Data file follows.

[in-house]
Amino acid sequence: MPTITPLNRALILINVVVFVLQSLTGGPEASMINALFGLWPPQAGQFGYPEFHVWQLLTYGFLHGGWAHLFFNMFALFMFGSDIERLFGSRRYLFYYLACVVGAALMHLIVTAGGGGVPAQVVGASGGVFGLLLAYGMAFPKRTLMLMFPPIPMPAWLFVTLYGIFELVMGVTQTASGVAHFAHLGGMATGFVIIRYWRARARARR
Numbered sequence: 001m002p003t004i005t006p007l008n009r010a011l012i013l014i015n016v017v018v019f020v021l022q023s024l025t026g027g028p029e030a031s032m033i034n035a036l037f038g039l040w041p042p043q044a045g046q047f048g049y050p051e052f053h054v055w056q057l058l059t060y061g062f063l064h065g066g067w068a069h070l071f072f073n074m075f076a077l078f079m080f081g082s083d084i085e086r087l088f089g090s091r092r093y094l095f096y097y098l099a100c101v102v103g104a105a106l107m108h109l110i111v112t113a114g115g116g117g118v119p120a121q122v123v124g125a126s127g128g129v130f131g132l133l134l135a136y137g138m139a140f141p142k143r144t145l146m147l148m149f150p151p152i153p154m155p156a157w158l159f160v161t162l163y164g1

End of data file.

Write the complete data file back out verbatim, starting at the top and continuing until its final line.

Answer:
[in-house]
Amino acid sequence: MPTITPLNRALILINVVVFVLQSLTGGPEASMINALFGLWPPQAGQFGYPEFHVWQLLTYGFLHGGWAHLFFNMFALFMFGSDIERLFGSRRYLFYYLACVVGAALMHLIVTAGGGGVPAQVVGASGGVFGLLLAYGMAFPKRTLMLMFPPIPMPAWLFVTLYGIFELVMGVTQTASGVAHFAHLGGMATGFVIIRYWRARARARR
Numbered sequence: 001m002p003t004i005t006p007l008n009r010a011l012i013l014i015n016v017v018v019f020v021l022q023s024l025t026g027g028p029e030a031s032m033i034n035a036l037f038g039l040w041p042p043q044a045g046q047f048g049y050p051e052f053h054v055w056q057l058l059t060y061g062f063l064h065g066g067w068a069h070l071f072f073n074m075f076a077l078f079m080f081g082s083d084i085e086r087l088f089g090s091r092r093y094l095f096y097y098l099a100c101v102v103g104a105a106l107m108h109l110i111v112t113a114g115g116g117g118v119p120a121q122v123v124g125a126s127g128g129v130f131g132l133l134l135a136y137g138m139a140f141p142k143r144t145l146m147l148m149f150p151p152i153p154m155p156a157w158l159f160v161t162l163y164g1